To spend or to save? How can we solve the inherent conflict between the two? A couple of months ago, I met a door-to-door salesman who had an intriguing idea. He provided a minimalist yard service and invested the savings for his clients. "Spend at your current rate," he said, â€œ"nd let me save you money by prudent purchasing. You've both spent and saved, instantly solving the conflict."
Last month, the same guy showed up again, and confessed he was Adam Smith, the 18th century economist. His thesis was that savings were paramount and what we needed were innovative ways to prevent us from spending so we could have more to save.
This month when his colleague knocked on my door, I was ready.
Dr. Constan: I have met Adam already, so who are you? You must be someone of great renown.
Dr. Freud: You sir are a very perceptive individual, and you have excellent insight. I like that in a client. You see, my name is Sigmund Freud.
Dr. Constan: The Father of Psychiatry? But I thought you were dead.
Dr. Freud: That's a common problem with psychiatrists. You lay on our couch and we sit there taking notes, saying nothing for long periods of time. Many of our clients think we've died. But weâ€™re actually thinking deeply about their problems. I've been thinking about society's conflicts between saving and spending for the past century or so, and I believe I have discovered that these conflicts have deep roots in psychological issues.
Dr. Constan: Like what?
Dr. Freud: Have you wondered why you get a psychological rush when you buy something expensive? I've traced the roots of that feeling to early childhood. It's the same all-encompassing feeling of contentment you get being nurtured by your mother. Later, when you discover that your existence is separate from hers, you lose that feeling and are forever trying to regain it.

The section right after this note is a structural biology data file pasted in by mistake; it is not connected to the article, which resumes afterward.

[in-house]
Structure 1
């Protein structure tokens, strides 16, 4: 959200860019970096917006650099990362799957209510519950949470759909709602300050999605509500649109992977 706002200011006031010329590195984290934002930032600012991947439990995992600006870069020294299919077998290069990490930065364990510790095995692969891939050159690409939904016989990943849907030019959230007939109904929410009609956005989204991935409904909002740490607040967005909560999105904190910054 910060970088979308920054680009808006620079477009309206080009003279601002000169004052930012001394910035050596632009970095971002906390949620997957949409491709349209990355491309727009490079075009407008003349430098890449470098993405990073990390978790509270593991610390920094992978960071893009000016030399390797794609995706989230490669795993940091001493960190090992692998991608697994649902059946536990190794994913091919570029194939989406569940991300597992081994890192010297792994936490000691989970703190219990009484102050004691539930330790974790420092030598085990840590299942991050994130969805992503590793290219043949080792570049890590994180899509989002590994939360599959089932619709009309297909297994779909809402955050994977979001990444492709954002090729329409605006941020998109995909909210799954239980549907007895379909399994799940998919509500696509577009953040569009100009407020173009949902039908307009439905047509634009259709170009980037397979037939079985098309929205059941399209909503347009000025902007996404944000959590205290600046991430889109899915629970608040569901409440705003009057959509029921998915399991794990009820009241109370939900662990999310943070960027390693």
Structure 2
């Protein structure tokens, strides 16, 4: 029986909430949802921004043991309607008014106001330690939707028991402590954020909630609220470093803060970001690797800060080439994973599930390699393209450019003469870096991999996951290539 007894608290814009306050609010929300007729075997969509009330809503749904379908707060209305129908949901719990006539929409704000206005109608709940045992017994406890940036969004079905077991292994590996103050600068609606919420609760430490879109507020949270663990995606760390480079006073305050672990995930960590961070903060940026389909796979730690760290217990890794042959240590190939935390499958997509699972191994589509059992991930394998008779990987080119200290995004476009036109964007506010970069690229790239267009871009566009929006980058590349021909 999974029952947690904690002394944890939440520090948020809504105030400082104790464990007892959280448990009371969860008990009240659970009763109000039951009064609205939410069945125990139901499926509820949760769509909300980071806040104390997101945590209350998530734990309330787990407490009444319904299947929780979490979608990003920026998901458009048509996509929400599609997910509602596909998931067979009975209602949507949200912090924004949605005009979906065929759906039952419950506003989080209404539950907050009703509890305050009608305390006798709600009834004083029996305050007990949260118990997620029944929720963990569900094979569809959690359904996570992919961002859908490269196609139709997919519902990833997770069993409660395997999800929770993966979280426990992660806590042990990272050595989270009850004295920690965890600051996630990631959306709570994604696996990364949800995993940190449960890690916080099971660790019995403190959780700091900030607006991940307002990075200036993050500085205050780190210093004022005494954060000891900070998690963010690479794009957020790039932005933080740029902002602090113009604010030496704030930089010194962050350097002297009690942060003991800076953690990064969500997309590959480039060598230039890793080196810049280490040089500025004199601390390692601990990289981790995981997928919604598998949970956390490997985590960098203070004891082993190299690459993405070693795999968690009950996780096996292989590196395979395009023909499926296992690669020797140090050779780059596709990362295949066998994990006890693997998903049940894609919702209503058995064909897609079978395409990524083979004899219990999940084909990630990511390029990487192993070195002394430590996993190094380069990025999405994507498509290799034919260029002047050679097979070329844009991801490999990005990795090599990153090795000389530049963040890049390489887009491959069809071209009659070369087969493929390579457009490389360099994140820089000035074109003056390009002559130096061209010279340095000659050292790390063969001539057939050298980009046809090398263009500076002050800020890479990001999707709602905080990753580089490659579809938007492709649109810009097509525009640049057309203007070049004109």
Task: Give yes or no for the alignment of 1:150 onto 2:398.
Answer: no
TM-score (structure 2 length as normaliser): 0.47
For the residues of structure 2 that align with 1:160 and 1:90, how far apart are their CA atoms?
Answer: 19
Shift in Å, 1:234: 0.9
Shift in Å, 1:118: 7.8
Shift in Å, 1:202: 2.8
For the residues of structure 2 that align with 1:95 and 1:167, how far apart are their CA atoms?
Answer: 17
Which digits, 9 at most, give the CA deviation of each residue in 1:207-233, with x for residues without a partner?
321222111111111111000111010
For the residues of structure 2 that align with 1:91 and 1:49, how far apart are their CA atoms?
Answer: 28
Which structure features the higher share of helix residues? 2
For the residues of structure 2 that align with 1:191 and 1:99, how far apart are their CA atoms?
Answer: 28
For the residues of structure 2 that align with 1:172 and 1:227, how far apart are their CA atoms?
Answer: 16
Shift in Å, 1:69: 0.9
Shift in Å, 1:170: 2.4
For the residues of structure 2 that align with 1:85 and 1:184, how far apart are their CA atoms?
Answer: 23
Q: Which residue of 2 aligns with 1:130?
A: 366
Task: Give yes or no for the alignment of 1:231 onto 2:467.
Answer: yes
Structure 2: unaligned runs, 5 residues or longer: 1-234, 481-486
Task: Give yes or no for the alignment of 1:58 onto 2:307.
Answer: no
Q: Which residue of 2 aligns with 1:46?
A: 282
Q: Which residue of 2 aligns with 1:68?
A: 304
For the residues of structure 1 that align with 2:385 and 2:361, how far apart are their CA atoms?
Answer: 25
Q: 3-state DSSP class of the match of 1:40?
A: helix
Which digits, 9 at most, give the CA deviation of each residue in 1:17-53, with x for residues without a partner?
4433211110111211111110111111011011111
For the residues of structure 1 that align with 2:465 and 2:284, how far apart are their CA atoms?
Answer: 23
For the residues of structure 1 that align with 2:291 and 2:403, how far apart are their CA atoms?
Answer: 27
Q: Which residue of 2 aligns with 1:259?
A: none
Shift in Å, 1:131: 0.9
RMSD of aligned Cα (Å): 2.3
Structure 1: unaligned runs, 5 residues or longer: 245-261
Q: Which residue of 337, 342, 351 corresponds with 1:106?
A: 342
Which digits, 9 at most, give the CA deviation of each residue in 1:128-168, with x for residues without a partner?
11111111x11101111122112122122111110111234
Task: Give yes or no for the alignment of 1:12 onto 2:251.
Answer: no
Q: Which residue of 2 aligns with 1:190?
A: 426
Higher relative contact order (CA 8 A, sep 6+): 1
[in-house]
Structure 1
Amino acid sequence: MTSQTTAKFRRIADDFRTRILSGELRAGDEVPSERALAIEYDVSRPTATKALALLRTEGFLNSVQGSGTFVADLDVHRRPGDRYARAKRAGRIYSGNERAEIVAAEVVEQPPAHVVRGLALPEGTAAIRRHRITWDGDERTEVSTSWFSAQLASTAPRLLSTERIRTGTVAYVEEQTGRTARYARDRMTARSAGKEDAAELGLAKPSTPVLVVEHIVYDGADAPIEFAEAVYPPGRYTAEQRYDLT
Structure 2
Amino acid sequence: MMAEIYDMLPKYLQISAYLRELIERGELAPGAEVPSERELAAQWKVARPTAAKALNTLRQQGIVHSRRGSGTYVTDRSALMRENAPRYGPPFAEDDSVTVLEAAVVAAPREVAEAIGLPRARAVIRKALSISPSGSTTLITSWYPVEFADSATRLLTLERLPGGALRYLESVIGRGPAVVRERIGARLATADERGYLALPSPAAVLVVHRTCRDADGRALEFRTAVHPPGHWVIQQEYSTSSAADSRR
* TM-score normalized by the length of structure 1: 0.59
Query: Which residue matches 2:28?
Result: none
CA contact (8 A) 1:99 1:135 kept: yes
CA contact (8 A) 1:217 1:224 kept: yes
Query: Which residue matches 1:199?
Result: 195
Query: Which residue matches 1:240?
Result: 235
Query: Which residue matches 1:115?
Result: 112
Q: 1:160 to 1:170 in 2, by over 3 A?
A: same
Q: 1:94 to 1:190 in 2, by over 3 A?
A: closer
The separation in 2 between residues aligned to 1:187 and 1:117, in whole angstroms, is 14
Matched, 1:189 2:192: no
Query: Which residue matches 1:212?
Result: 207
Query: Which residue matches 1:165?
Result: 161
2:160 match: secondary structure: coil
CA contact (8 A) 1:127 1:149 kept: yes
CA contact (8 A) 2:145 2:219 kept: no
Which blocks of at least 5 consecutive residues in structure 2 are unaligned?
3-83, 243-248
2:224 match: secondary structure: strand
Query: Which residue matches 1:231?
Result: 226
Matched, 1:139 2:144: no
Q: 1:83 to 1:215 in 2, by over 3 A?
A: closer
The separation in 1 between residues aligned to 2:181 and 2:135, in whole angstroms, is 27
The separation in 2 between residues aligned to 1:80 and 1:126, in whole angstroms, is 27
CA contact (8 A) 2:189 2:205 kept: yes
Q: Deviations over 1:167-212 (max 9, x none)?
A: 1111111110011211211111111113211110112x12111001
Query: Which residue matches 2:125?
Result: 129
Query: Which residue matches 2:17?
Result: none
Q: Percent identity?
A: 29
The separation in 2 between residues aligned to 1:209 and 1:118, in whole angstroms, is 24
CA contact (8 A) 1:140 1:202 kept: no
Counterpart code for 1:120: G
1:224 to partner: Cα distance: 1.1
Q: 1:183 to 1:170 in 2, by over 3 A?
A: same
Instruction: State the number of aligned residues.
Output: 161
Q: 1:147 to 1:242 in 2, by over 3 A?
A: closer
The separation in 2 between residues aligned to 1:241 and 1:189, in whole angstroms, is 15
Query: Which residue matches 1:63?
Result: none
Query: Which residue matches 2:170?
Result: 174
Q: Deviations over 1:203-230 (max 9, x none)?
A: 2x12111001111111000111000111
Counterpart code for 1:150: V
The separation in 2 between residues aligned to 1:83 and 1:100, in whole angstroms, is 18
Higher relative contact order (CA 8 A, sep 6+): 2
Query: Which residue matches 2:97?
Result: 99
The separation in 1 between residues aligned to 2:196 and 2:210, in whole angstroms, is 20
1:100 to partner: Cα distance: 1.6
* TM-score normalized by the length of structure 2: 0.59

Dr. Constan: Ha! This is one of your "early childhood trauma" explanations for every problem. I believe our modern psychiatrists have debunked all that.
Dr. Freud: They've tried, but now I have experimental evidence from actual subjects, like you. I'll be publishing it shortly and will, no doubt, be making a comeback.
Dr. Constan: Interesting. What else have you discovered?
Dr. Freud: The fear of taking risks, common to many investors, is traced to having an absent father during childhood. The dad is out making a living, and the child does not understand the source of his financial security, so he becomes afraid. As a child, he sits nervously on the front step waiting for dad to get home. As an adult, he buys only "guaranteed" forms of investments. I also find the aversion to paying taxes stems from unresolved conflicts with authority. The child is in conflict with his parents over autonomy issues. As a kid, he tattoos and pierces everything; as an adult, he tries to stiff his "Uncle Sam" with offshore investing and shady deals with people selling oil wells.
Dr. Constan: So, in view of your new discoveries, Sigmund, what advice would you have for our readers?
Dr. Freud: When their financial advisor starts talking about a "comfort zone" for this or that type of investment, or tries to establish your "values," remember that these are psychological issues. Rather than just accept that you are the way you are, ask yourself why you are. Then, instead of living in the past, make a change. Louis L. Constan, a family practice physician in Saginaw, Michigan, is the editor of the Saginaw County Medical Society Bulletin and Michigan Family Practice. He welcomes questions or comments at 3350 Shattuck Road, Saginaw, MI 48603, 989-792-1895, or louisconstan @hotmail.com.